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Delhi's Homeless In Winter Chill Find Comfort In Moveable Shelters

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January 23
4:01 AM 2016

This year's winter in Northern India has been particularly cold. Winter arrived a little late this time with temperature recorded at 14.4 Celsius on Wednesday - lowest for the season. The people most affected apart from office goers and students were the homeless living on pavements under the open sky.

According to NDTV winter having arrived late is expected to stay longer. The MET department has predicted that the weather conditions would make life difficult for those who live out in the open.

The Centre for Holistic Development, an NGO, has recovered five bodies of homeless people on 19 Jan from these areas: Connaught Place, CR Park, Civil Lines, Kashmiri Gate and Chandni Chowk. The next day two more bodies were found at Yamuna Bazaar and Yamuna Pashta neighborhood.

In this unforgiving conditions one company Micro Home Solutions (MHS) has offered respite in the heart of Central Delhi by providing affordable semi-permanent structure to the homeless living on pavements and under flyovers with the help of crowd-funding.

Swati Jann a senior designer had this to say, " These structures are easy to erect and we also train the homeless to dismantle and reassemble them as they often have to move from one place to the other."

MHS has distributed tents to 125 families each of which can accommodate at least four persons. The tent is made of bamboo, welded reinforcing-bars and a thick canvas including a net to keep away disease borne mosquitoes.

One of the homeless residents remarked that living in the temporary shelter is easy because she can take it down during the day and put it back up after sunsets. Another resident indicated that having the shelter made her feel at peace to know that her things would be there in the shelter when she returned. On the other side of the coin, many do not want to go to these shelters citing overcrowding, theft and violence.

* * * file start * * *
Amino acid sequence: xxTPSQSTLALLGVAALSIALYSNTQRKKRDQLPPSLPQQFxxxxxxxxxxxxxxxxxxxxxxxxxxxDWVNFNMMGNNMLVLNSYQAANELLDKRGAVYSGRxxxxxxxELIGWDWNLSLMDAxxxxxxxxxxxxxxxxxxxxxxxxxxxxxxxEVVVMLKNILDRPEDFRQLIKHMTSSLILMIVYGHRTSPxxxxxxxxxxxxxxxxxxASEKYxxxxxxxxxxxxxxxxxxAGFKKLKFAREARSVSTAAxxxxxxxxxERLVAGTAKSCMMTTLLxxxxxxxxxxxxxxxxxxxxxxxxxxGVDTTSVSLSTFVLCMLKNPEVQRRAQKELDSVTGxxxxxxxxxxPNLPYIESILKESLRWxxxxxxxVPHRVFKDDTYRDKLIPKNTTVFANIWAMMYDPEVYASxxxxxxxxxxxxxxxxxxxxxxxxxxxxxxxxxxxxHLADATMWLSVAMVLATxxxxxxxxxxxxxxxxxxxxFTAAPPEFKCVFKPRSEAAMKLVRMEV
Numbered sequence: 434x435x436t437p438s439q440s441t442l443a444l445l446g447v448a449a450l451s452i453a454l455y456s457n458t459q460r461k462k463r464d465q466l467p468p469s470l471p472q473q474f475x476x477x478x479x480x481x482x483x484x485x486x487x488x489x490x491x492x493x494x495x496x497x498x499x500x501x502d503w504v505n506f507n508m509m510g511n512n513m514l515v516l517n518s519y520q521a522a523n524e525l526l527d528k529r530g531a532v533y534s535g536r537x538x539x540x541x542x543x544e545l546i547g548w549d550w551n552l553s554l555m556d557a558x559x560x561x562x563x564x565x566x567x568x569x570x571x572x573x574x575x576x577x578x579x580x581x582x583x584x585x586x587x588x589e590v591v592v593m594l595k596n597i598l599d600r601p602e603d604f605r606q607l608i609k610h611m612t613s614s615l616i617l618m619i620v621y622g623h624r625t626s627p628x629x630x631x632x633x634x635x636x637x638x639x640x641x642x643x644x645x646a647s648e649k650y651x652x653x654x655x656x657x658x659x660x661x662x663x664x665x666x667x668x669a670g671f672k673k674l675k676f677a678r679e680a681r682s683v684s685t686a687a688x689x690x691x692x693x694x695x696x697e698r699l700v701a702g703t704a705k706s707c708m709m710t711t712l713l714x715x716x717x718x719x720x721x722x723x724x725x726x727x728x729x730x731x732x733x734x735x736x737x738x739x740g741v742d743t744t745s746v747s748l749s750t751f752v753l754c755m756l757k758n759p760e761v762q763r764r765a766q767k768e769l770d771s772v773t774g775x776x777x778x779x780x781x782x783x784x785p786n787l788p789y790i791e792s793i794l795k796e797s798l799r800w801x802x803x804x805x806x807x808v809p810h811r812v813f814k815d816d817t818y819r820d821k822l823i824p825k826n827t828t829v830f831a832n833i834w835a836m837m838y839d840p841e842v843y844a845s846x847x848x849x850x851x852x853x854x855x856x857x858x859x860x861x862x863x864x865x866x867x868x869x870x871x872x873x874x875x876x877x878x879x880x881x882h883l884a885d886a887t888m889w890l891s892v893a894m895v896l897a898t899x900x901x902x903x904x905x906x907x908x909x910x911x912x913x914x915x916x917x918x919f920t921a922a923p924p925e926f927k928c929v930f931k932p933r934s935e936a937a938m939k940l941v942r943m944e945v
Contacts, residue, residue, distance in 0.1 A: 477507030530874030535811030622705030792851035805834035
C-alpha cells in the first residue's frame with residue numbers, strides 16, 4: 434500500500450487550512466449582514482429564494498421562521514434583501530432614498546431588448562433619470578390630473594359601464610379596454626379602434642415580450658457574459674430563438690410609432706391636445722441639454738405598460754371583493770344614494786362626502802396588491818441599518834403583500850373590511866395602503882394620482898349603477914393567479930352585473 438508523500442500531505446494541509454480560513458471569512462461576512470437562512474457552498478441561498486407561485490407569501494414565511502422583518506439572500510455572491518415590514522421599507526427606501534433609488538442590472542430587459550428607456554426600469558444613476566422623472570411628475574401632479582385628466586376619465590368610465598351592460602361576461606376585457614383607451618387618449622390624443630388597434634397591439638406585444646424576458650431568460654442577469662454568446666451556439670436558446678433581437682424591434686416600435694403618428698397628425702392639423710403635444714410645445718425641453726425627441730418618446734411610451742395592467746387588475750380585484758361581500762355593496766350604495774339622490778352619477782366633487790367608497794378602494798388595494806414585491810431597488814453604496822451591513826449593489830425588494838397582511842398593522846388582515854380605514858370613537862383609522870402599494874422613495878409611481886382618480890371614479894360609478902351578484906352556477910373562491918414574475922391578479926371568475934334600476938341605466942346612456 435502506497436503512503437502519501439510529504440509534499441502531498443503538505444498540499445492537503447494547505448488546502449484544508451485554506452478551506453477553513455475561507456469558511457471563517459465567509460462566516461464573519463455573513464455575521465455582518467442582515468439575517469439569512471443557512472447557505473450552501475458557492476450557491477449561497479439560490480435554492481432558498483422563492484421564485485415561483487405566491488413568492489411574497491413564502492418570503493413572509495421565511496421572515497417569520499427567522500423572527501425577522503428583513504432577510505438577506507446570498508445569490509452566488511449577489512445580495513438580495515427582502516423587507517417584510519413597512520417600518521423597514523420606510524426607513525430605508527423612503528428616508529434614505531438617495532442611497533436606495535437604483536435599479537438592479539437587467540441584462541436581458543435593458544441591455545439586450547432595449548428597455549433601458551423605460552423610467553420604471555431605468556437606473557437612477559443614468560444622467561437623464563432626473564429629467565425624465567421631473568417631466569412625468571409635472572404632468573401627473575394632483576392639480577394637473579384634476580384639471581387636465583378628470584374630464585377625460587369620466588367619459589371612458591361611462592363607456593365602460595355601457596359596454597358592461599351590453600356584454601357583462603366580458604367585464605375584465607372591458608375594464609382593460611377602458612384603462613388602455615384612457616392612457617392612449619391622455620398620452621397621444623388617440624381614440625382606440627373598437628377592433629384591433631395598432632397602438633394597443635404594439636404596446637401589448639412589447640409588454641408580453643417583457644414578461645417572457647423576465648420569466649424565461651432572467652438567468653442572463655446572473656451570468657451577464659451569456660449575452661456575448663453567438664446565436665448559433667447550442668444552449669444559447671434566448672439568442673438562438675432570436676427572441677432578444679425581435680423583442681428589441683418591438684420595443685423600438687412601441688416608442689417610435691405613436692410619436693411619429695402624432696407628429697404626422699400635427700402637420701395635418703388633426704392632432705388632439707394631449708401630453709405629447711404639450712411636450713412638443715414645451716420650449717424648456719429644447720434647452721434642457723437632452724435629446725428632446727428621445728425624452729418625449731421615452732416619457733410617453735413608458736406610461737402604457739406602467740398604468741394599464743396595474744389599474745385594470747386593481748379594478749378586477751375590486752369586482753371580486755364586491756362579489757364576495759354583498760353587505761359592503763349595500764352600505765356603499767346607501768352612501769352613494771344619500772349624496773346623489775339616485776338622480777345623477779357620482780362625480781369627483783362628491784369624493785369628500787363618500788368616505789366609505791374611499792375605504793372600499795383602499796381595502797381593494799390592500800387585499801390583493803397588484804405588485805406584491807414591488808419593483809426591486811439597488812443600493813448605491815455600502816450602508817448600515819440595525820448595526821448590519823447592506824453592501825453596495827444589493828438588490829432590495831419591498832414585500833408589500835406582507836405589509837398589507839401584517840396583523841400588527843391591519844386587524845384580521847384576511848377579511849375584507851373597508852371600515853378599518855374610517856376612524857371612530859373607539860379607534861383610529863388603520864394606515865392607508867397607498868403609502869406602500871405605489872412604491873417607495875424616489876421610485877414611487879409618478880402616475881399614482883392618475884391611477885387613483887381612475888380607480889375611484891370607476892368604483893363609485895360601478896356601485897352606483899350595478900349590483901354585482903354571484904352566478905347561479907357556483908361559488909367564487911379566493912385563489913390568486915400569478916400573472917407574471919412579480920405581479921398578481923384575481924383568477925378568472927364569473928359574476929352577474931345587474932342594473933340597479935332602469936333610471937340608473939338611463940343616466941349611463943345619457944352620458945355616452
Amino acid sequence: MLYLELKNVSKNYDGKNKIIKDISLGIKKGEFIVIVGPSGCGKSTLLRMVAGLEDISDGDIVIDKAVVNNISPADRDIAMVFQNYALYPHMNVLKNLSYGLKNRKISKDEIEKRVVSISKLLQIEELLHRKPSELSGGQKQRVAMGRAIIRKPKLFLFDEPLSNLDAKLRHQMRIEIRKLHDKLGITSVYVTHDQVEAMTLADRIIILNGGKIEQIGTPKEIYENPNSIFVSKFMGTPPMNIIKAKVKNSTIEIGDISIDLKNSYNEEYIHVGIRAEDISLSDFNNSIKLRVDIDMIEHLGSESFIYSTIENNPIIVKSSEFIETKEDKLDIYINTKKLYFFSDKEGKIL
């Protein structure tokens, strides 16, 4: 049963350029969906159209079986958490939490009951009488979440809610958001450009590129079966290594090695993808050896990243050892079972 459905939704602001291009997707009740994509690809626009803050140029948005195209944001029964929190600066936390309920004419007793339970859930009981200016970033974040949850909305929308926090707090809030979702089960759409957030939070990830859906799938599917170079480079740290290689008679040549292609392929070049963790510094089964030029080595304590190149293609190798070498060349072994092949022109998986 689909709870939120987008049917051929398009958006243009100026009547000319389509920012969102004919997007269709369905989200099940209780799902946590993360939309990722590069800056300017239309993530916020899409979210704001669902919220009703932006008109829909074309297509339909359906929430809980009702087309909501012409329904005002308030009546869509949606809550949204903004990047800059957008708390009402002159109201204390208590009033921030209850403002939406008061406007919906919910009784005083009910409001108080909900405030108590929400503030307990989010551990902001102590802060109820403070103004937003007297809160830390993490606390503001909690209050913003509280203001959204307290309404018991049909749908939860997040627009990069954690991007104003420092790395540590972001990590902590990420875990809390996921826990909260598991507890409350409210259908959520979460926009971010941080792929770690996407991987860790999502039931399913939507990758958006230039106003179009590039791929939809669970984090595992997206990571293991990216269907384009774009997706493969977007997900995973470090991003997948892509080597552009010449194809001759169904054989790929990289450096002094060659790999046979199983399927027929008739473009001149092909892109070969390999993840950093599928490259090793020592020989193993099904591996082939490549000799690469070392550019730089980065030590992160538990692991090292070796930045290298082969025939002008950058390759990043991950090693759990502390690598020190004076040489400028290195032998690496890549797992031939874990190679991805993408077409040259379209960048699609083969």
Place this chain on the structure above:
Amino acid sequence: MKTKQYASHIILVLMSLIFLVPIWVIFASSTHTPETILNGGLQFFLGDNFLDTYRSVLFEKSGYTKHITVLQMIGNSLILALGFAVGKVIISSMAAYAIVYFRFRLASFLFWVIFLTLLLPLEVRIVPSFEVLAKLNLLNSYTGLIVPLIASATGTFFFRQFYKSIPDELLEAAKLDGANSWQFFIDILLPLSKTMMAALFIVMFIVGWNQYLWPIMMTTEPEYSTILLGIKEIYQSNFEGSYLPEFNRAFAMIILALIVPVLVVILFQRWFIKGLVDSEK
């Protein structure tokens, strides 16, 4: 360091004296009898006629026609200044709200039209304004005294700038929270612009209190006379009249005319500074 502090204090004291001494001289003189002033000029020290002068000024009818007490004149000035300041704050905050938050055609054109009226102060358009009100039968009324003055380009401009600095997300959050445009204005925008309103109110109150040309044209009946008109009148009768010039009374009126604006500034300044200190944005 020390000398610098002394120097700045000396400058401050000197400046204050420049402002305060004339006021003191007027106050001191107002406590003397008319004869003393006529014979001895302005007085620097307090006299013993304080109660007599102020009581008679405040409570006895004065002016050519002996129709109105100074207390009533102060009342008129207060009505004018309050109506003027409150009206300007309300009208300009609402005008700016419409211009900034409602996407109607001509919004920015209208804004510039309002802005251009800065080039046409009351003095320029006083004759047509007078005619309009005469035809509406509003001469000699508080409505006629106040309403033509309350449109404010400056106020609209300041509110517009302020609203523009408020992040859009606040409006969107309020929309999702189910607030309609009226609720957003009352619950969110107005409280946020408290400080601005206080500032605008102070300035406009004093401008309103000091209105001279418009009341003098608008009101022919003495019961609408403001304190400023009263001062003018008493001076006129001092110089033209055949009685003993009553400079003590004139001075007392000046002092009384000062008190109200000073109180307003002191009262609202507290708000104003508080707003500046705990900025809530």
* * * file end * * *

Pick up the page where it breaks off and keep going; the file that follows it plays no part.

Times of India has reported that there are at least 246 night-shelters with space for over 18,000. The daily occupancy is yet to exceed this capacity. Although shelters are needed in zones like Yamuna Pushta-Kashmiri Gate area, what is required urgently is an aggressive rescue mechanism to move the homeless to shelters even when they refuse.

Delhi Urban Shelter Improvement Board received 366 complaints on its mobile app for homeless in distress. Of these, 254 were rescued and 43 not found. Another 95 refused to shift. This is the issue that the government needs to address. To date rescue teams have shifted 5,785 homeless to shelters since January 1.

The New York Times has reported about other aspects of the homeless in Delhi during winter when quilts and blankets become a commodity and the quality of sleep a homeless labourer gets depends on what he can purchase from the quilt wallah. Filmmaker Shaunak Sen has been researching for the last two years on sleep vendors for a documentary called, "Cities of Sleep".
India's NGOs and its society have played their part in meeting part of the needs of Delhi's homeless in coping with the harsh realities of winter. As to what was discovered by India's filmmaker Sen, we just have to wait for the release of the documentary.

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